Wesley notebook: Kemp’s speed major weapon for Wolverines

Alex Kemp of Wesley bursts past RPI defender Oliver Kaija in the Division III NCAA first round playoffs Saturday. (Special to the Delaware State News/Gary Emeigh)

DOVER — For as long as Alex Kemp can remember, people have told him he was fast.

That goes back to his grade school days at Star Hill Elementary and Allen Frear.

It’s just that, as a Wing-T quarterback at Caesar Rodney High, Kemp never got out in the open field much.

Now at Wesley College, even he didn’t really think of himself as all that fast.

“I never really knew the speed that I had,” said Kemp. “I didn’t really run track. Now everybody always comes up to me and tells me how fast I am.
“I’m just like, ‘Really?’ I don’t feel that way. I just can watch it.”

Kemp put on a pretty impressive display of his speed last Saturday when Wesley rallied for a 45-27 victory over RPI in the first round of the NCAA Division III football playoffs.

Alex Kemp

The junior receiver had 11 catches for 149 yards and a touchdown with three carries for 90 yards and a TD in the contest. The performance earned Kemp Offensive Player of the Week honors from the New Jersey Athletic Conference.

Wesley coach Mike Drass, whose No. 13 Wolverines (10-1) travel to 10th-ranked Brockport State (11-0) on Saturday at noon in a second-round playoff game, said it was fun watching Kemp on the field.

Kemp capped off his big day by scampering 61 yards for a TD on a reverse with 4:41 remaining.

“I was talking to my dad after the game,” said Drass. “He said, ‘I haven’t seen that type of acceleration since (former star receiver) Larry Beavers.’ Larry was so different than everyone else.

“You watch that film. He (Kemp) is there, then he’s gone. That play was amazing.”

What really makes Kemp dangerous, though, is that Wesley has another big-play receiver in James Okike. With Okike back in the lineup this fall, plus the emergence of running back E.J. Lee, defenses often find themselves in trouble if they try to focus on any one player.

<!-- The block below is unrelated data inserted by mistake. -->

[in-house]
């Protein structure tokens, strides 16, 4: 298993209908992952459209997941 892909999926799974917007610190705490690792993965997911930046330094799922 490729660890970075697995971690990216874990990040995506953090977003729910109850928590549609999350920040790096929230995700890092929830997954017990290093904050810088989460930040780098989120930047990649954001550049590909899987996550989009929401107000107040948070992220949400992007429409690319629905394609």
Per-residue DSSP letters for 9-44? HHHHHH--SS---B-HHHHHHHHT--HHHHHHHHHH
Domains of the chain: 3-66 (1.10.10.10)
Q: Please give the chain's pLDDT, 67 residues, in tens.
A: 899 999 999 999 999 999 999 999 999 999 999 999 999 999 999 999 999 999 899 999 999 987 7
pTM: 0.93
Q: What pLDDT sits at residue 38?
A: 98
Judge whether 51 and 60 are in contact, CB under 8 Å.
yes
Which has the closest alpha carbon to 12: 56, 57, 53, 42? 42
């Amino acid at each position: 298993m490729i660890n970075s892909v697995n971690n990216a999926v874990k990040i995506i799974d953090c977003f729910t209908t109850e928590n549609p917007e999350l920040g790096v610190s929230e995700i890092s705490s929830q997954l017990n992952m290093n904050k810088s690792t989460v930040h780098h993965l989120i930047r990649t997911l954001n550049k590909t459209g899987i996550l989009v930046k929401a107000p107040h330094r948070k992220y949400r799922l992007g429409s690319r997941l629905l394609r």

Okike has 56 receptions for 868 yards and nine touchdowns while Kemp also has 56 catches for 840 yards and five TDs.

“When one of them gets hot, life is pretty good — not just for that guy but for the other guy, too,” said Drass. “They know that all of them are capable.

“We’ve had teams here where you were dependant on someone. If they didn’t do it, you were in trouble. I think we’re fortunate that we have some weapons.”

“Teams have to respect both of us, especially with E.J. in the backfield,” said Kemp. “You give him one step and he’s gone. Anybody can make any play at any time.”

One of the two wideouts has had at least 90 yards receiving in all but three games this season. And in those three sub-90-yard games, Lee has run for a combined 414 yards.

With Kemp third in the Wesley record books with 152 receptions and fourth in receiving yards with 2,316, it’s easy to forget that he never really played receiver until three years ago. And while his speed is clearly a big asset, the 5-foot-11, 165-pounder has also learned a great deal about playing the position.

“You get the feel of the position and you can see a lot of different things,” said Kemp. “You can help the quarterback out with making calls. Having that knowledge of having been at the quarterback spot, I can see what the defense is doing.

“I can see that I’m continually growing and getting better at the position. I like it.”


Wesley and Brockport are no strangers to each other.

The two played other six times between 2001-07, including when they were both members of the now-defunct Atlantic Central Football Conference.

While the two teams split the six meetings, Brockport hung an infamous 47-0 loss on the Wolverines in 2005. Wesley was 7-0 going into that matchup and didn’t lose again until it reached the Division III national semifinals.

“It’s a new opponent for us, but coaching staff-wise, we’re very familiar with where we’re going,” said Drass. “It wasn’t hard getting hotels or understanding what we were going to do. I played there when I was in college.”

The Golden Eagles are in the NCAA Division III playoffs for the first time since 2003.

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